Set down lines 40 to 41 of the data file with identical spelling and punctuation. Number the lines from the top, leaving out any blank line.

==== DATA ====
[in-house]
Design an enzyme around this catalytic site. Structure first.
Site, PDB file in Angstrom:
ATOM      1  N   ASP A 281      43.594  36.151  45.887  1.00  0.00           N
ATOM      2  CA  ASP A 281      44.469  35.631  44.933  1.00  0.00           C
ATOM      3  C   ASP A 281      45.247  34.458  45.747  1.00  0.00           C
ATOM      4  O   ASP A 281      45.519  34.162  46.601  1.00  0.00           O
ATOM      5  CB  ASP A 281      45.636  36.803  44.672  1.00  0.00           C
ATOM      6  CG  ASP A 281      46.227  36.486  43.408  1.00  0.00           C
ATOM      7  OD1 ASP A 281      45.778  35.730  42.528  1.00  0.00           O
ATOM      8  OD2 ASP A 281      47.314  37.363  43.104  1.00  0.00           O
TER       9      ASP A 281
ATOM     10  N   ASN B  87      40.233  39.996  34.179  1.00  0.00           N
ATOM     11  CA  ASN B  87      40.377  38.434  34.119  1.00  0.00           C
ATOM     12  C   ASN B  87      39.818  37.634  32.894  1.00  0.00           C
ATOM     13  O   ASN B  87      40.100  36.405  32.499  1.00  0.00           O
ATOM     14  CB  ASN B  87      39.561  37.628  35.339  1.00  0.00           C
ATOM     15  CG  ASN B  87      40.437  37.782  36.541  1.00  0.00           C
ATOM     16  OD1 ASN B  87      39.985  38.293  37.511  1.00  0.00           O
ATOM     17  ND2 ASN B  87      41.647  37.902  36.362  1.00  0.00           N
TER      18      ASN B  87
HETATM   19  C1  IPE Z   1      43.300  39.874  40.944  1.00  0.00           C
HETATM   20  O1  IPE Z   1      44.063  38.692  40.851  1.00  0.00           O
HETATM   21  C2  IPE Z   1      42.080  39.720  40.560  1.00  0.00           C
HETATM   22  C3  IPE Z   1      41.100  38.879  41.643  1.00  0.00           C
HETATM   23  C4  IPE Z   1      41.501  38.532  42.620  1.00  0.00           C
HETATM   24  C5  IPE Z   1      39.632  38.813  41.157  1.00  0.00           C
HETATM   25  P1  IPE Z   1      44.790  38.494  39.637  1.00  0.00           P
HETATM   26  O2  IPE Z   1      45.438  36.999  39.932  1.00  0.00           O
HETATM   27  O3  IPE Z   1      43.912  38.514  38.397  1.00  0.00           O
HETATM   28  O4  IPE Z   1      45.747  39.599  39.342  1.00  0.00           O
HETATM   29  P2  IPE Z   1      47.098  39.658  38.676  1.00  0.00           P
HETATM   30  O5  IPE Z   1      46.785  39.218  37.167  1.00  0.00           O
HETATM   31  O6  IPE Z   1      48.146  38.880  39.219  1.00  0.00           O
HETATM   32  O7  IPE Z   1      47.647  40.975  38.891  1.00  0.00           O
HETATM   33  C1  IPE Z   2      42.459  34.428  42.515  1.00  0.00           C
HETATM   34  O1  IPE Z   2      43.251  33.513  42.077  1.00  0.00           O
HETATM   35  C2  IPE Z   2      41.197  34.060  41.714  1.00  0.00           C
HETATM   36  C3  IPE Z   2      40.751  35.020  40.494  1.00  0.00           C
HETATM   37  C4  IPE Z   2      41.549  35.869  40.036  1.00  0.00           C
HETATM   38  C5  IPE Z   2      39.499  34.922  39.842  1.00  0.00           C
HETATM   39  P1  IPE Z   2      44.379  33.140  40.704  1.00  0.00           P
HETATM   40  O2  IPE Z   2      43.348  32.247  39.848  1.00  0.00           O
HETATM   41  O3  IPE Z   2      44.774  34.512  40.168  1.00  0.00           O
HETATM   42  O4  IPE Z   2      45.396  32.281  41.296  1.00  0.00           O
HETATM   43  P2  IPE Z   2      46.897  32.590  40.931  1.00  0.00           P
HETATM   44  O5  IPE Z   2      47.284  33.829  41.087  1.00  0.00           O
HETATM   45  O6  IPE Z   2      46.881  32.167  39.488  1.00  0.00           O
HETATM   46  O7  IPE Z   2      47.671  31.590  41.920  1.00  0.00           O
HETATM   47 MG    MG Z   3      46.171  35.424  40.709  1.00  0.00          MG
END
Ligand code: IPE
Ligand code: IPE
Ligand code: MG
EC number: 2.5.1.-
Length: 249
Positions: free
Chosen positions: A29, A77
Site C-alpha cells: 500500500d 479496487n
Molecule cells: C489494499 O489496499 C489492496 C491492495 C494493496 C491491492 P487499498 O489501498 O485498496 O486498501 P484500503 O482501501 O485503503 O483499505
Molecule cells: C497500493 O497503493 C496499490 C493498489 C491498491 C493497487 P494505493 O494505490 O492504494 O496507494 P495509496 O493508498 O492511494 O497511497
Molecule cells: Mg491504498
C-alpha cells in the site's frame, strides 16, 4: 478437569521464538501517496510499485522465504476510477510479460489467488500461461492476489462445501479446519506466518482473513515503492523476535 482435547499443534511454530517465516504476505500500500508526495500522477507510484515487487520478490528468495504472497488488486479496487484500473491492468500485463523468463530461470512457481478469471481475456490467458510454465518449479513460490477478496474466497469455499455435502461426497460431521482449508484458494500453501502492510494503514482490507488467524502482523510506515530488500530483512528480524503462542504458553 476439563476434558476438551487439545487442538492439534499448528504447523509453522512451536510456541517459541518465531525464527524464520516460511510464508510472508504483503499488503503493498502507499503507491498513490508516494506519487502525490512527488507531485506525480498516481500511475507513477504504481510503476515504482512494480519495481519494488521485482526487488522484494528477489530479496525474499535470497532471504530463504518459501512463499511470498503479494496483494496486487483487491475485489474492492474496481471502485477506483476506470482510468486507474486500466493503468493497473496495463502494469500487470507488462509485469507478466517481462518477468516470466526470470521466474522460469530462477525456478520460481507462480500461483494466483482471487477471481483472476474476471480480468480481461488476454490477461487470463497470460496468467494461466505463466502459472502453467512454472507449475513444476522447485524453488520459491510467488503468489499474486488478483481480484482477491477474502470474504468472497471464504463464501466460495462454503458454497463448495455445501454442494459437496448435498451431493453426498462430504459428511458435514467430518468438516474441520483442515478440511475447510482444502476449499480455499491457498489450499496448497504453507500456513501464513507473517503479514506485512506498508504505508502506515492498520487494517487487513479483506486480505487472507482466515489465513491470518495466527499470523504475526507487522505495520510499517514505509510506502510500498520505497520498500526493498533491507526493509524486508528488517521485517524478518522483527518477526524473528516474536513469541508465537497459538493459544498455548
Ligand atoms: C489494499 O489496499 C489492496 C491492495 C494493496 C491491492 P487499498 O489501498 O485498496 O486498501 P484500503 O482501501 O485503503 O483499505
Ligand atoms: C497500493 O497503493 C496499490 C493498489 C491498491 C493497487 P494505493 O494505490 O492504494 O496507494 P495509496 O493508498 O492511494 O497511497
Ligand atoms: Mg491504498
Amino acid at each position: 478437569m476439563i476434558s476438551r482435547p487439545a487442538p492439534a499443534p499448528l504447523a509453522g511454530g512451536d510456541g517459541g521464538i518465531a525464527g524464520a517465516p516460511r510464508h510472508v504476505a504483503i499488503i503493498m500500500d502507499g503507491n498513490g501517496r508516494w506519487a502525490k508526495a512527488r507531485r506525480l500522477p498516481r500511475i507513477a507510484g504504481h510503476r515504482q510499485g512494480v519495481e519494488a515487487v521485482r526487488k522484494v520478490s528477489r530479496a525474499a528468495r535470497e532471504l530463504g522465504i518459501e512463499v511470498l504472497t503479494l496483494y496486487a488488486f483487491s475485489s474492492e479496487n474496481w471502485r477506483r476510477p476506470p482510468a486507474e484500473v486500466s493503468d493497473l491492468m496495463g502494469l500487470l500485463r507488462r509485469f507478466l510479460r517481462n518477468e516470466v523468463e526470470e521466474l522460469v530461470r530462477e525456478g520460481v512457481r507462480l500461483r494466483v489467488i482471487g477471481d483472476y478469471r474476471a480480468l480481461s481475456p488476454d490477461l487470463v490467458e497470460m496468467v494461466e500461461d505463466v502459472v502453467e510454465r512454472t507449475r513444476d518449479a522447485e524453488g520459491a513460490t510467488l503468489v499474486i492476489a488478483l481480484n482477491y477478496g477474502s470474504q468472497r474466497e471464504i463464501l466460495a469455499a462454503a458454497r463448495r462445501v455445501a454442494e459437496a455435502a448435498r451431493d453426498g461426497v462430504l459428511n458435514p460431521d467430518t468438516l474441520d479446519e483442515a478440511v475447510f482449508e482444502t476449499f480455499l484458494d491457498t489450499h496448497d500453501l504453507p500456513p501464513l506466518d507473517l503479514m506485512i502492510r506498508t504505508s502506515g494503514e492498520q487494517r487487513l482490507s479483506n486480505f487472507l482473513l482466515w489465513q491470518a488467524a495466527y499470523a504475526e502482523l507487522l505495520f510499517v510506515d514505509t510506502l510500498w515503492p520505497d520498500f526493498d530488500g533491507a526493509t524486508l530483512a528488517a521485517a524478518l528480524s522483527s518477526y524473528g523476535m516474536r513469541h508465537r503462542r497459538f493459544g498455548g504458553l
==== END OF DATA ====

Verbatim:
HETATM   37  C4  IPE Z   2      41.549  35.869  40.036  1.00  0.00           C
HETATM   38  C5  IPE Z   2      39.499  34.922  39.842  1.00  0.00           C